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Enzymes are crucial to all life.  They are defined as a protein molecule in a plant or animal that catalyzes specific reactions of metabolism without itself being altered permanently, or destroyed.  In other words, an enzyme is a protein that instigates a reaction, and never becomes part of the reaction.  A catalyst is that which changes the activation energy of a reaction to either increase, or decrease the speed of the reaction. An enzyme is a large protein molecule, many times larger in atomic mass than a water molecule.  There are thousands of different types of enzymes that initiate, accelerate, or separate the various chemical reactions in living cells.  They are each very selective in the reactions they create. Living cells are made up of a complex system of chemical reactions, all of which must take place at carefully controlled rates.

The chemical reaction catalyzed by an enzyme is done so at a very specific location within the molecule.  This is known as the active site, and the substances in which the reaction occurs is called the substrate.  The basic structure of this process can be clarified what is known as the ‘lock and key’ model.  The substrate (key) fits neatly into the enzyme (lock) to accommodate the chemical process, but only one kind of key can fit into the lock. Only one kind of substrate can fit into the active site of the enzyme.  The process under which the bonding of the substrate and enzyme take place is due to electrostatic forces involving a given molecule’s polar magnetic forces of positive and negative charges.  When the positive end of a molecule comes close to a negative end of another molecule, an attraction occurs.  If the key fits the lock, a bond occurs.  Enzyme activity can be diminished or destroyed if is some other molecule is able to bond to the active site and block the entry of the substrate.  These substances are known as enzyme inhibitors.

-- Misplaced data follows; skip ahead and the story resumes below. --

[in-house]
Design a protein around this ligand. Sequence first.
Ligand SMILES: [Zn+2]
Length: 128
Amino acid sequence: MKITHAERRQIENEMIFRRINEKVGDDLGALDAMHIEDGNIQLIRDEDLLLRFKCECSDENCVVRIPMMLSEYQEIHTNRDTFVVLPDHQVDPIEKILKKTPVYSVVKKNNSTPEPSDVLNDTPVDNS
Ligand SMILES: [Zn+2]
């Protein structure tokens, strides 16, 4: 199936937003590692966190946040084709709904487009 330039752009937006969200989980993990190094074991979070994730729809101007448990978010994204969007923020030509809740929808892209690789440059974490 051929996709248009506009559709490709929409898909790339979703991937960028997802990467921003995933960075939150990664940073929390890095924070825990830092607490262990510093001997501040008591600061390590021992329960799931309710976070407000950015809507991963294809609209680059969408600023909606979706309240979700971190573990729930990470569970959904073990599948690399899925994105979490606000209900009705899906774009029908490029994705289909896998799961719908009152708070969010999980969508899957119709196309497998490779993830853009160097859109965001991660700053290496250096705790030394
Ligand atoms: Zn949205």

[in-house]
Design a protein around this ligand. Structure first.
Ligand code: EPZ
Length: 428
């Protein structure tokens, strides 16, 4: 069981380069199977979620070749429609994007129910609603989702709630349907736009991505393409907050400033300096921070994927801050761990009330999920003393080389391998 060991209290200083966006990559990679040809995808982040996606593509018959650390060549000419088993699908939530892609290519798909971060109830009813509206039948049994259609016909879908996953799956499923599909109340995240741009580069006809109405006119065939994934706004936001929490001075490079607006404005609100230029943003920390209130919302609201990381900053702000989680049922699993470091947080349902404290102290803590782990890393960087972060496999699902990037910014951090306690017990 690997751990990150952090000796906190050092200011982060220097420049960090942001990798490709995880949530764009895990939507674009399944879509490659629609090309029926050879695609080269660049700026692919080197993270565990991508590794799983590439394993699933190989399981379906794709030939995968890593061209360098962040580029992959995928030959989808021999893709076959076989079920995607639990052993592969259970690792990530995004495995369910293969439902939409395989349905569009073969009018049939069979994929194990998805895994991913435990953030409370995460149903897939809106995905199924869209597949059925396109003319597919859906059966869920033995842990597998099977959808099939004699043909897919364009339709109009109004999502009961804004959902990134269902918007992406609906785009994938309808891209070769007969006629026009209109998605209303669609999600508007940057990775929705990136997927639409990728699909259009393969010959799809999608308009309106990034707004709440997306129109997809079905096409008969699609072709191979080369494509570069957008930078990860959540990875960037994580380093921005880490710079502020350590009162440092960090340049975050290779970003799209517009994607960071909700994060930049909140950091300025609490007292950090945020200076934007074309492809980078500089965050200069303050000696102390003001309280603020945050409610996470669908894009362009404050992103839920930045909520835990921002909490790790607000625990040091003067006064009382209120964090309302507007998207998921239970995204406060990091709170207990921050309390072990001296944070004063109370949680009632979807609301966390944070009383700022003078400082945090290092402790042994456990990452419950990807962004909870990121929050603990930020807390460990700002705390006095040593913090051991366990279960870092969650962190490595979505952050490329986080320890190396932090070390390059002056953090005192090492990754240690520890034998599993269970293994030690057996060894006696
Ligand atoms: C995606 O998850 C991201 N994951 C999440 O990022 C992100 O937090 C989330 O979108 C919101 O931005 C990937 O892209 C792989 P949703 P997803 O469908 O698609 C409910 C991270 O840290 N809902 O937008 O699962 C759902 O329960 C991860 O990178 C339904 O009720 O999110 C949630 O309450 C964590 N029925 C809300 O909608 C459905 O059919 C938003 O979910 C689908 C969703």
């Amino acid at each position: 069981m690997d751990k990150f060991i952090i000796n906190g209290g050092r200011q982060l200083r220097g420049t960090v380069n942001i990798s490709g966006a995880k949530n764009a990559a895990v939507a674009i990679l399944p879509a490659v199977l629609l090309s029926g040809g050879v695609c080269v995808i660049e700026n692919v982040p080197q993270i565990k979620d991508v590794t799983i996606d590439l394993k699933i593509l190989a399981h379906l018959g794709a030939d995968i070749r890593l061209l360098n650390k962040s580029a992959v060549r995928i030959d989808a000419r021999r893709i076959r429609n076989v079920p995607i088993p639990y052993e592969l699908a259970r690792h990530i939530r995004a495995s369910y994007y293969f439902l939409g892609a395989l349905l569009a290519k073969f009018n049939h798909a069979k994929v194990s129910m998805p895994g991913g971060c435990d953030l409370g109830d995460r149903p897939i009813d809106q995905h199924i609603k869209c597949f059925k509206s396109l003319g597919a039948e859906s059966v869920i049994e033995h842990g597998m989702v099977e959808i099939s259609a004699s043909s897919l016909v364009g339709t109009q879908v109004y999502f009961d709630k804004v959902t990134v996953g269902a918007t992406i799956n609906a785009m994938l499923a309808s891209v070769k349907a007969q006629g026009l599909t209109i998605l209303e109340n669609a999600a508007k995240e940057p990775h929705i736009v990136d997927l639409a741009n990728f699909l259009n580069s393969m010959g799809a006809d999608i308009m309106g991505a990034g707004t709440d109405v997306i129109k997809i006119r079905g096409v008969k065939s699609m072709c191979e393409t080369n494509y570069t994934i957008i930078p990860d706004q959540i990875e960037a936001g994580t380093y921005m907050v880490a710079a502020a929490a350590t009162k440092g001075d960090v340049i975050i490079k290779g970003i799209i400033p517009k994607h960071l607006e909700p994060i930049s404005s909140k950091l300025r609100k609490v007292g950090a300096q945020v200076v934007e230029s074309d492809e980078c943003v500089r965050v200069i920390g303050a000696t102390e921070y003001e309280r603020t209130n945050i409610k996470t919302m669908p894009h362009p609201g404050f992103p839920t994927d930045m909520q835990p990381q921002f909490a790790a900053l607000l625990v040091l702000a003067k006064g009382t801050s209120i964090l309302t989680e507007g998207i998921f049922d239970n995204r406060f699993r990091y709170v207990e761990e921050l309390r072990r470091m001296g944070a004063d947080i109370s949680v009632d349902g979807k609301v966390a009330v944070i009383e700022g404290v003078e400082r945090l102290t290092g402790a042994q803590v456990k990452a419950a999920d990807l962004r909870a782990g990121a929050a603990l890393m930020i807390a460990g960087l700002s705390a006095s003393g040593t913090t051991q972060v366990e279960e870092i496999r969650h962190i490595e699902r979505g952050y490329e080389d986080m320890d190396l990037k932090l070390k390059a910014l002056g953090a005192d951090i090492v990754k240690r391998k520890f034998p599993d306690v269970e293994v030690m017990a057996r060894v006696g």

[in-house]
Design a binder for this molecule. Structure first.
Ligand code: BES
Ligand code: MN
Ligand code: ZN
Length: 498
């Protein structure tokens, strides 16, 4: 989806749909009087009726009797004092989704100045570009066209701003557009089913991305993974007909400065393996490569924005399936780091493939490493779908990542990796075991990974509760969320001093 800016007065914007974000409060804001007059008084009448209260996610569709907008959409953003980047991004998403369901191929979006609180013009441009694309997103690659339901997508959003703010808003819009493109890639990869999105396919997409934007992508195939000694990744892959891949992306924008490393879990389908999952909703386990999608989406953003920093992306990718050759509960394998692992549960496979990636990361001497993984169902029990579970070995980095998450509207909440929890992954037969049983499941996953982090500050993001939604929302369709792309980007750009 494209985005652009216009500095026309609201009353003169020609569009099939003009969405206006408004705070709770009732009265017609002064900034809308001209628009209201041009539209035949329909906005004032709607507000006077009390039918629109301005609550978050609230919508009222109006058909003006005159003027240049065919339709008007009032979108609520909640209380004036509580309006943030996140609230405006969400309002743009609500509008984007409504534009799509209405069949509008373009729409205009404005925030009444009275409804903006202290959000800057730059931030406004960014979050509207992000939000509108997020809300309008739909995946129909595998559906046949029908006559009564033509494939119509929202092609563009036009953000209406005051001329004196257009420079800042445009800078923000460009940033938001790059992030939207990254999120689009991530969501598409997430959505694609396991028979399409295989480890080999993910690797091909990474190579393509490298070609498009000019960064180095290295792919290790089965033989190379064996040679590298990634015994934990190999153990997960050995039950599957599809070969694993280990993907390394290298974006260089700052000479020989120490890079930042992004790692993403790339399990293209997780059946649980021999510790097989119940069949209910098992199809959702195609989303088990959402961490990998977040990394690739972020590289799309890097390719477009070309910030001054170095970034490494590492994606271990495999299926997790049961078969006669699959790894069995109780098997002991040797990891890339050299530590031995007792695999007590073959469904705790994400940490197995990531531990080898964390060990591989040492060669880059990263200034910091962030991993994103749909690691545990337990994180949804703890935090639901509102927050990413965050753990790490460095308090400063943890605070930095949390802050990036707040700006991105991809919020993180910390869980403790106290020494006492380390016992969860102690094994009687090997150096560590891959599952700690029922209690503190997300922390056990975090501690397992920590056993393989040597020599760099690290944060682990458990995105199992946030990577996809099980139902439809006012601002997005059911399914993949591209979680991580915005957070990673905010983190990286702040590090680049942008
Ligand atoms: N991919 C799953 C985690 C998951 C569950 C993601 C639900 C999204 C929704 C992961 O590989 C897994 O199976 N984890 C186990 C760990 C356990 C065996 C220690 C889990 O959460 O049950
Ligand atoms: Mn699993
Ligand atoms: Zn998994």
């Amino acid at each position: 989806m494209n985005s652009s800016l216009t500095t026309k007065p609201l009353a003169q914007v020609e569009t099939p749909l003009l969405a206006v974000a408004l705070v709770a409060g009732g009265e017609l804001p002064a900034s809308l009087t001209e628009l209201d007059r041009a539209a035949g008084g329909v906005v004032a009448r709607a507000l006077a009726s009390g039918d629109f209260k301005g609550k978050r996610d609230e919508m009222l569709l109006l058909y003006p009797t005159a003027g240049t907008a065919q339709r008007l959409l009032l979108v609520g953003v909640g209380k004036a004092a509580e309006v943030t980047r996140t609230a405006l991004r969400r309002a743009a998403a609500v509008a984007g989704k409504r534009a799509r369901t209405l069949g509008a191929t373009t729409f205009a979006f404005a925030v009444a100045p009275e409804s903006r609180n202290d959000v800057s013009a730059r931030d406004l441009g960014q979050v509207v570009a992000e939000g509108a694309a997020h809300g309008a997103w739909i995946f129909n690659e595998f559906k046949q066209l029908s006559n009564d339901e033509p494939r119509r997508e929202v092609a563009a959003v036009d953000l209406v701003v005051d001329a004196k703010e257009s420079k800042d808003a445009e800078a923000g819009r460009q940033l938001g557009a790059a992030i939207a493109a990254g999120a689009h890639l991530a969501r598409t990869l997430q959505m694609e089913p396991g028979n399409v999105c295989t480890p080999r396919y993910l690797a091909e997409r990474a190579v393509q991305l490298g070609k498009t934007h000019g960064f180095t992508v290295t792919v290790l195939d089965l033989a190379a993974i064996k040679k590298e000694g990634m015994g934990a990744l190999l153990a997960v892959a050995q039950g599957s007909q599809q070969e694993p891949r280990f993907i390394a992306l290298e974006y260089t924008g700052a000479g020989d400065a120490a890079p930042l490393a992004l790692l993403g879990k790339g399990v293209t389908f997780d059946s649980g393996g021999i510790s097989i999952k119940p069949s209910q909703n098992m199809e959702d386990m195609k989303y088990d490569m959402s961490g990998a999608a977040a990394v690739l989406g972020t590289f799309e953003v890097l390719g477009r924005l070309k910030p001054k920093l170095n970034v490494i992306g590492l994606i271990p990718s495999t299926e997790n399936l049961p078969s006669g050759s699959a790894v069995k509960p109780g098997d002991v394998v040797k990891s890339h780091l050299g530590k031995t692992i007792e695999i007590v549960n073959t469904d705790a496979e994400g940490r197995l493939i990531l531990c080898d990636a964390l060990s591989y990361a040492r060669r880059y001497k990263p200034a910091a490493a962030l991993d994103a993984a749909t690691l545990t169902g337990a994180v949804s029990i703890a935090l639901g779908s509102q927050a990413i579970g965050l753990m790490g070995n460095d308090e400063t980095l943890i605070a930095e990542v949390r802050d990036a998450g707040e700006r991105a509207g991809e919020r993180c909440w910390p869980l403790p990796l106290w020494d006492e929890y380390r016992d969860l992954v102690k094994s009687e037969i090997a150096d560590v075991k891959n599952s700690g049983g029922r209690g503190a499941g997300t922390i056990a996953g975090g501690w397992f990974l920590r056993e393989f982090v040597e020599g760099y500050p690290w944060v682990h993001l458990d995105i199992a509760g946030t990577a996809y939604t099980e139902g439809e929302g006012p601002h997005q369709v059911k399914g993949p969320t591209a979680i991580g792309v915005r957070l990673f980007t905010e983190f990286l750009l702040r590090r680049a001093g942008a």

While more than a thousand different enzymes have been identified, they have been generally classified into six categories.  The “Oxyreductases” are enzymes that catalyze hydrogen transfer.  “Hydrolases” catalyze the transfer of water elements at a specific site in the molecule.  “Tranferases” catalyze the transfer of all non-hydrogen atoms.  “Lysases” contribute to many transport and regulatory processes involving metals, fatty acids, and harmones.  “Isomerases” catalyze reactions involving structural rearrangement of molecules.  “Ligases” work with DNA in catalyzing sugars and phosphates in cell replication.

Some of the commonly known enzymes used in agriculture and bio-remediation are Protease, Amylase, Cellulase, and Pectinase.  The micro-biological aspects of the soil system and subsequent plant growth process involve enormous quantities of micro-organisms, as discussed in other sections.  The micro-organisms produce, and rely upon the catalytic processes of enzymes, and are therefore reliant upon sufficient quantities of the enzymes to multiply and provide the necessary means for breaking down the nutrients for plant uptake.  In soil conditions where bacterium are limited, plant growth is inhibited.  This can be overcome by the addition of a properly balanced inoculation of an enzyme and bacteria package structured to balance the microbial community.